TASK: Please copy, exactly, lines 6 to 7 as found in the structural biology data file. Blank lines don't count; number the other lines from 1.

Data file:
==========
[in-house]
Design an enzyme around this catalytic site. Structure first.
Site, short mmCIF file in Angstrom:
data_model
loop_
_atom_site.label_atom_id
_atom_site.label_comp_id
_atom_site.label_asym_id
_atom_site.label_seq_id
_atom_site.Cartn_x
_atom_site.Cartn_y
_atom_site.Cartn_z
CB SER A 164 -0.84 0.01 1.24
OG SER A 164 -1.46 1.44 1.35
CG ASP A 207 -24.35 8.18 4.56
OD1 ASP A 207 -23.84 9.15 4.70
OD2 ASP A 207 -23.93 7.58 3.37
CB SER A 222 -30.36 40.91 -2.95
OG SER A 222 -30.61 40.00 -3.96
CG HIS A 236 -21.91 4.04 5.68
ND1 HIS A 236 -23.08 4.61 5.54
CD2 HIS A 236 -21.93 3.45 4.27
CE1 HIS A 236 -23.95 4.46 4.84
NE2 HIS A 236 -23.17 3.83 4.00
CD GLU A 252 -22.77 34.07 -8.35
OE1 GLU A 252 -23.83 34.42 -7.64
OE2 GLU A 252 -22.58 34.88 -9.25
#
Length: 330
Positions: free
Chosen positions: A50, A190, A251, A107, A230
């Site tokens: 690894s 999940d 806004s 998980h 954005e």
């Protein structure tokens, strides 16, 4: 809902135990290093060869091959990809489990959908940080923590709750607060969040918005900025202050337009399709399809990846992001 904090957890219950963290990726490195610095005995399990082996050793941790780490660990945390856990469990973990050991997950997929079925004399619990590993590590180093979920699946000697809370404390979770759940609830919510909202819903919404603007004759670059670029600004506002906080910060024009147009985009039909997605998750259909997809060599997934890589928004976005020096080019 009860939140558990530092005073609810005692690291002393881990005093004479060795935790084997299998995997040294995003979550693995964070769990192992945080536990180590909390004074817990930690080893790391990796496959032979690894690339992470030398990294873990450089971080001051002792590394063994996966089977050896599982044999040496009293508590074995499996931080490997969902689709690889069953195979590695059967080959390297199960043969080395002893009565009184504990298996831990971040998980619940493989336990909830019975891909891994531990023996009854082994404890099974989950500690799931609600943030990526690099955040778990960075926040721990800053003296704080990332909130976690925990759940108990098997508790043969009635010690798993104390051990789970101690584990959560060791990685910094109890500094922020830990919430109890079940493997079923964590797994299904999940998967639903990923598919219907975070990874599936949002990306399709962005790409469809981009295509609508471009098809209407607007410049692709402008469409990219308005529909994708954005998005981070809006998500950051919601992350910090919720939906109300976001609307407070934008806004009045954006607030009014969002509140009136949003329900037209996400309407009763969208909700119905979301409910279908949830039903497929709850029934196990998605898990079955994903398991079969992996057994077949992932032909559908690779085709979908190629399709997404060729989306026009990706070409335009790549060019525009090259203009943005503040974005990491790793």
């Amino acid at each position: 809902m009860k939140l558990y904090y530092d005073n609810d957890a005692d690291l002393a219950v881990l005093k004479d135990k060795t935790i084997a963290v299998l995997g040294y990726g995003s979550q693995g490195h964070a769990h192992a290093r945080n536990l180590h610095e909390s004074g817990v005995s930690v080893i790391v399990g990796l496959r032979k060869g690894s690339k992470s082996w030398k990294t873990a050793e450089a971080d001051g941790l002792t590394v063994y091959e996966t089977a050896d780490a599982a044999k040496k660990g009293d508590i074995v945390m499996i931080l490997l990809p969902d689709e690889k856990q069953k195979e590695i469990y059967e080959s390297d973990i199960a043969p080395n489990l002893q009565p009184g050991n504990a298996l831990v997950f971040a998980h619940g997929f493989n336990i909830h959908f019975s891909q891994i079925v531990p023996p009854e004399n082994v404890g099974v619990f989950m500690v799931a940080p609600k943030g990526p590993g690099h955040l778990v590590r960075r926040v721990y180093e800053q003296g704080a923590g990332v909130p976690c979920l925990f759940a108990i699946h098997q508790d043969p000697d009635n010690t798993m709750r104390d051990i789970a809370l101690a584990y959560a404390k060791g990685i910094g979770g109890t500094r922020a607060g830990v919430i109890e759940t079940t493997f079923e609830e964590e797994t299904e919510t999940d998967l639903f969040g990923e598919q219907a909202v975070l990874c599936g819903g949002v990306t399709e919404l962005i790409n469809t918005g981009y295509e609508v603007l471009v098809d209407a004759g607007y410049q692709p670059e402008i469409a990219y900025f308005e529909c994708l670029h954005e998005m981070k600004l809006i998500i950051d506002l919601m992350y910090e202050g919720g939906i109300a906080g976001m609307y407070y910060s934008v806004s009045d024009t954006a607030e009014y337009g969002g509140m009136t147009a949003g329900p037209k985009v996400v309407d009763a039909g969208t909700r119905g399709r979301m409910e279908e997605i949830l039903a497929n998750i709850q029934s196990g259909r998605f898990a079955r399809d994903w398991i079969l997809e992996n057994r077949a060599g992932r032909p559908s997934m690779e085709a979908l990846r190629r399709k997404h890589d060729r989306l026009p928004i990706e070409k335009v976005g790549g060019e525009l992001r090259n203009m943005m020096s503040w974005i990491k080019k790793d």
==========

_atom_site.label_atom_id
_atom_site.label_comp_id